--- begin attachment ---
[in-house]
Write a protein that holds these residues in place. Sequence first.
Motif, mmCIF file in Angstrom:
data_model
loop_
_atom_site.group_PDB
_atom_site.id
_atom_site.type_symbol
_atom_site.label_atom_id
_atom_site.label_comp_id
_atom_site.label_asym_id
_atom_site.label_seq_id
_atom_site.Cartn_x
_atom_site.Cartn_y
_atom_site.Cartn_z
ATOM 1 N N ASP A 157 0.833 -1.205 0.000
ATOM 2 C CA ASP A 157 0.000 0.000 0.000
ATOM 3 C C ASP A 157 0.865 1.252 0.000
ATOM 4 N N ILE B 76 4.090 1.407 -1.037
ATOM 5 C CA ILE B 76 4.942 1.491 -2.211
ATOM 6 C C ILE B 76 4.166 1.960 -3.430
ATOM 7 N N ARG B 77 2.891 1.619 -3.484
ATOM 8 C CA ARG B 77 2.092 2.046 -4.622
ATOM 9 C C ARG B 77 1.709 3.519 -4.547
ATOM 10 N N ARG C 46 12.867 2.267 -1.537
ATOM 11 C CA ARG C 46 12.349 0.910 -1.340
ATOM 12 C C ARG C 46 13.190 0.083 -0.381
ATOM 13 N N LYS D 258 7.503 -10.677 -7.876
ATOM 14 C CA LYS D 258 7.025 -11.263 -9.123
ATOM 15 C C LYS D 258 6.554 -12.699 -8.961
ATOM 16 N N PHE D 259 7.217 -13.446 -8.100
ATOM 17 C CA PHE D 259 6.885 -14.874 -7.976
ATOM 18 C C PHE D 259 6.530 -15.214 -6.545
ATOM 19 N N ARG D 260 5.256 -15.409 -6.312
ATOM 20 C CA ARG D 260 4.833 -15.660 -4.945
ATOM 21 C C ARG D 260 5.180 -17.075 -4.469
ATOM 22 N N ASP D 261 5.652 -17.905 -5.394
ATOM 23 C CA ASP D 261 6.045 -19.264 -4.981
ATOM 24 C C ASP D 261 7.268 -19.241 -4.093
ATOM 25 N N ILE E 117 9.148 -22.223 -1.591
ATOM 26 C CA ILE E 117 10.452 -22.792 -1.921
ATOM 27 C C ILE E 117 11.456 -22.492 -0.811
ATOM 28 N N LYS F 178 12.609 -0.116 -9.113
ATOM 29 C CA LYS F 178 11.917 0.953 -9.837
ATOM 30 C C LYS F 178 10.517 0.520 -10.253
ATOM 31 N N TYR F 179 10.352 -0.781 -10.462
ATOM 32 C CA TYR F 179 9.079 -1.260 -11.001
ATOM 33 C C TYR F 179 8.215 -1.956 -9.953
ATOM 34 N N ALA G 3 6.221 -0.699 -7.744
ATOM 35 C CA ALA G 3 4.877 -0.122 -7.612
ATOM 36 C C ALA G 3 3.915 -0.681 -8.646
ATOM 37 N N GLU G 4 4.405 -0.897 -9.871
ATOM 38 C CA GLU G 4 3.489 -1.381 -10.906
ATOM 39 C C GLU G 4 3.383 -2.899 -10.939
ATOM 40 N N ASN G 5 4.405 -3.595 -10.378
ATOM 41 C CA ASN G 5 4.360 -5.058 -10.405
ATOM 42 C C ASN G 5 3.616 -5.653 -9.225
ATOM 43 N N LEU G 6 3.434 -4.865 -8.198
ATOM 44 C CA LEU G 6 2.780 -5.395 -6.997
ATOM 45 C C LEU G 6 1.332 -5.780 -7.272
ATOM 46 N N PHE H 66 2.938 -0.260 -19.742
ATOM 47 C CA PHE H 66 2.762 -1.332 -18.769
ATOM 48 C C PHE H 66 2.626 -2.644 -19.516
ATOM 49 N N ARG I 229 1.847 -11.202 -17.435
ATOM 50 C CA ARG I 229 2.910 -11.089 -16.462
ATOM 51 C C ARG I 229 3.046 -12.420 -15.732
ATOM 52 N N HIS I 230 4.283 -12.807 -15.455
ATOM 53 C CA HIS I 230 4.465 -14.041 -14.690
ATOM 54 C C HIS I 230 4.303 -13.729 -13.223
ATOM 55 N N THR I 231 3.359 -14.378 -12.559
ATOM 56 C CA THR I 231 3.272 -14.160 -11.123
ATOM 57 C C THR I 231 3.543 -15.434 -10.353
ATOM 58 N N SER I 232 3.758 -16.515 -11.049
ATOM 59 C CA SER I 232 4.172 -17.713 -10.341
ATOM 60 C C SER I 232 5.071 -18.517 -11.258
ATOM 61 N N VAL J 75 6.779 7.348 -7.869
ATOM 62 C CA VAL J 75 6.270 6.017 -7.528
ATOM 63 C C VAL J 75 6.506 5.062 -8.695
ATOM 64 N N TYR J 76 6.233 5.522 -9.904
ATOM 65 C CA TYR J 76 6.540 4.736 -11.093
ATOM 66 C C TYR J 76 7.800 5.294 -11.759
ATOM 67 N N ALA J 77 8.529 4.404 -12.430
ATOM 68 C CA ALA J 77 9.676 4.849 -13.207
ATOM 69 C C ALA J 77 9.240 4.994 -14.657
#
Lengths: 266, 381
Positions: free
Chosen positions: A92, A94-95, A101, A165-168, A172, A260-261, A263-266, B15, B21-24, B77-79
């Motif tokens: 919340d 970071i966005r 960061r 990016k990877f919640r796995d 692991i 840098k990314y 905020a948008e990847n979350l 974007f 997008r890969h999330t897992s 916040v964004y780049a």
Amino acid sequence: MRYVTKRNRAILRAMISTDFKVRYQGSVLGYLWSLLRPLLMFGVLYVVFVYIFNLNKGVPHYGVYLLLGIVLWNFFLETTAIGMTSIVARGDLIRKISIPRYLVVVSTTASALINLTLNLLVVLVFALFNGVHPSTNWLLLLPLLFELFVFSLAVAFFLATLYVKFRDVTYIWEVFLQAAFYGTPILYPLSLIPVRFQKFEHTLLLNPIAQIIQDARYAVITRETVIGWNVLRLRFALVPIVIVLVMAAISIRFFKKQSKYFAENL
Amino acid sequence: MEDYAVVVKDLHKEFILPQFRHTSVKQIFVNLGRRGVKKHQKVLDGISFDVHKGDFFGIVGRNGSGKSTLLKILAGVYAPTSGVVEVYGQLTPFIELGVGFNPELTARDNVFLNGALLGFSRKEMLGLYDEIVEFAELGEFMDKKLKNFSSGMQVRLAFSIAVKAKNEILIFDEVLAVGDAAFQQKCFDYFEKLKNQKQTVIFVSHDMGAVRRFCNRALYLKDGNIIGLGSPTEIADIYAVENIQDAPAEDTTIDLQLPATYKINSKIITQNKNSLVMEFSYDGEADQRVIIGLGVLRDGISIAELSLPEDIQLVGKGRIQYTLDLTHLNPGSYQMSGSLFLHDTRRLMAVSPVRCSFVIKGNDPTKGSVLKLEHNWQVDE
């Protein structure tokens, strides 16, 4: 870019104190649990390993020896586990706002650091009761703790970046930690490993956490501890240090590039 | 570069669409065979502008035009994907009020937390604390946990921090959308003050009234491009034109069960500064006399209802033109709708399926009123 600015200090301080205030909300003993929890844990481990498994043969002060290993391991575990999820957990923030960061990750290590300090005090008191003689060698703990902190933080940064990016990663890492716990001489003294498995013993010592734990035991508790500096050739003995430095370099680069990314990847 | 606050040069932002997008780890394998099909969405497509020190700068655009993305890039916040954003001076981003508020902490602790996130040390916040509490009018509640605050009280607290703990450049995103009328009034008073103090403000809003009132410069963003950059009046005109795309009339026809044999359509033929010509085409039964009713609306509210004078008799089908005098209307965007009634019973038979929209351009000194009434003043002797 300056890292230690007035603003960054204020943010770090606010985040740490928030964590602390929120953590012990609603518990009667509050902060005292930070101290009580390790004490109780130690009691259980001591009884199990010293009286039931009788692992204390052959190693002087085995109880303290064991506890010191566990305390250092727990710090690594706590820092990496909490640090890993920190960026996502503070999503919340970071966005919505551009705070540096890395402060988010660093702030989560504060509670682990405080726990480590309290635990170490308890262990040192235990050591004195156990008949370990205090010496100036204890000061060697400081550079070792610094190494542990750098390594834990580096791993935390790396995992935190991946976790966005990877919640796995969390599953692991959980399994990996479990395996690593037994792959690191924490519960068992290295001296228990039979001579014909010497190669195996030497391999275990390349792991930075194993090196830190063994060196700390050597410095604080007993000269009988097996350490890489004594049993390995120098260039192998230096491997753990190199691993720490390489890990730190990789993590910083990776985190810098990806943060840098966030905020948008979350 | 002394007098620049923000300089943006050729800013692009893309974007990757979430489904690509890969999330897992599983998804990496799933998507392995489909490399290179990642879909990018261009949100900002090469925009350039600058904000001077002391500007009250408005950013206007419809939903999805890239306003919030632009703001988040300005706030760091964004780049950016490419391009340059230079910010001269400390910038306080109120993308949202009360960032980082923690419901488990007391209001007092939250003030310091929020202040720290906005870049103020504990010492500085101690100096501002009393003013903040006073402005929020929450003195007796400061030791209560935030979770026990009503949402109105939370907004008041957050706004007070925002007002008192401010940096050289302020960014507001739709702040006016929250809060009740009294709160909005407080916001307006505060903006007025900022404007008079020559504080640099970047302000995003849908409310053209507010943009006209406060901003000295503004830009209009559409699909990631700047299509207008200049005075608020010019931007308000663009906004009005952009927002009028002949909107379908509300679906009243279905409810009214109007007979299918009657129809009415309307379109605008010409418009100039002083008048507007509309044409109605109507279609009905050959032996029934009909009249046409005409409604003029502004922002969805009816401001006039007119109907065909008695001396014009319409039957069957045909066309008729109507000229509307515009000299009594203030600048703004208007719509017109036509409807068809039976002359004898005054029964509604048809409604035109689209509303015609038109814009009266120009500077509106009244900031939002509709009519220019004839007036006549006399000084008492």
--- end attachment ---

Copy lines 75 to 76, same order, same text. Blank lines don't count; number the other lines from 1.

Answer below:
ATOM 60 C C SER I 232 5.071 -18.517 -11.258
ATOM 61 N N VAL J 75 6.779 7.348 -7.869